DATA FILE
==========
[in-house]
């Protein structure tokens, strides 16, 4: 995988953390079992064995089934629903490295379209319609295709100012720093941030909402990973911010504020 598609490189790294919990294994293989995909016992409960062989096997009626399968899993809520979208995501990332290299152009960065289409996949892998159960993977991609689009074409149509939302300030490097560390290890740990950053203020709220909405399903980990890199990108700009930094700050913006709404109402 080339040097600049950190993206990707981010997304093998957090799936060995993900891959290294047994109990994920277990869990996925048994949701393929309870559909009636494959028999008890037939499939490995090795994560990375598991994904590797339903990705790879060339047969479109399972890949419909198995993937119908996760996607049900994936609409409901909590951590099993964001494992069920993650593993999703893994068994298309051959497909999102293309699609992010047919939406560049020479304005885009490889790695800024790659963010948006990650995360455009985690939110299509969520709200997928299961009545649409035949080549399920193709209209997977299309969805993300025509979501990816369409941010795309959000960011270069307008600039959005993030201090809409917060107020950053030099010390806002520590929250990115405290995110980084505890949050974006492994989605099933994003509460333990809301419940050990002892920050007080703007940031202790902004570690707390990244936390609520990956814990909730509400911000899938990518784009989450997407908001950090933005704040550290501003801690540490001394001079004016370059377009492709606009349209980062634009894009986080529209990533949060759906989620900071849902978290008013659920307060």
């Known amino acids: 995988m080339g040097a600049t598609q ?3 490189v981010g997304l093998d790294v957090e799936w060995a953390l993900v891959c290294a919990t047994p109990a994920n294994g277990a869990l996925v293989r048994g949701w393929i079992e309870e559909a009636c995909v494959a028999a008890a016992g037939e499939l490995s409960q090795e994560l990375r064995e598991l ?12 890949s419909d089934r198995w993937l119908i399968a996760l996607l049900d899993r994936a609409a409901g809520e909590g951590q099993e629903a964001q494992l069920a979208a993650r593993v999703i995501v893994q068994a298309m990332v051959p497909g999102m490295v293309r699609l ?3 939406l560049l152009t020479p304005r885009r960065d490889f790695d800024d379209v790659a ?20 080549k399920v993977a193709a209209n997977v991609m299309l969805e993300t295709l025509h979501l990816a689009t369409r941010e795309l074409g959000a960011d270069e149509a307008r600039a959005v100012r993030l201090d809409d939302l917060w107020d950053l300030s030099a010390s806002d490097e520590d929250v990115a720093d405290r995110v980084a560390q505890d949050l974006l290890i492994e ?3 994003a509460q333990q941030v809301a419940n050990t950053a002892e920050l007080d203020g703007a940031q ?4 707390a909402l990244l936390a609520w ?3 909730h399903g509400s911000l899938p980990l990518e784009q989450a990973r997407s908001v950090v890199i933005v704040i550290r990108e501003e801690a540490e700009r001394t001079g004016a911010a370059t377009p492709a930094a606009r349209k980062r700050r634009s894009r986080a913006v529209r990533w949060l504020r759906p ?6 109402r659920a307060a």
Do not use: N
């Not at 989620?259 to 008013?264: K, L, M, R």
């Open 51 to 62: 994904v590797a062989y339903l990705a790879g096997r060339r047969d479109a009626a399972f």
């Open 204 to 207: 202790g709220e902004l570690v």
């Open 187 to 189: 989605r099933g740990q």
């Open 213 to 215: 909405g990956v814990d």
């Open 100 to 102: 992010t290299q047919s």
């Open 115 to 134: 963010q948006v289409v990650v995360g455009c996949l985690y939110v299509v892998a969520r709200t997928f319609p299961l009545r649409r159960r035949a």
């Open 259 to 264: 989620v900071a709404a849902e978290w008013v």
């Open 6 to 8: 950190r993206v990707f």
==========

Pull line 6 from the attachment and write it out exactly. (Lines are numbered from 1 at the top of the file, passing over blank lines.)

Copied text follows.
């Open 51 to 62: 994904v590797a062989y339903l990705a790879g096997r060339r047969d479109a009626a399972f």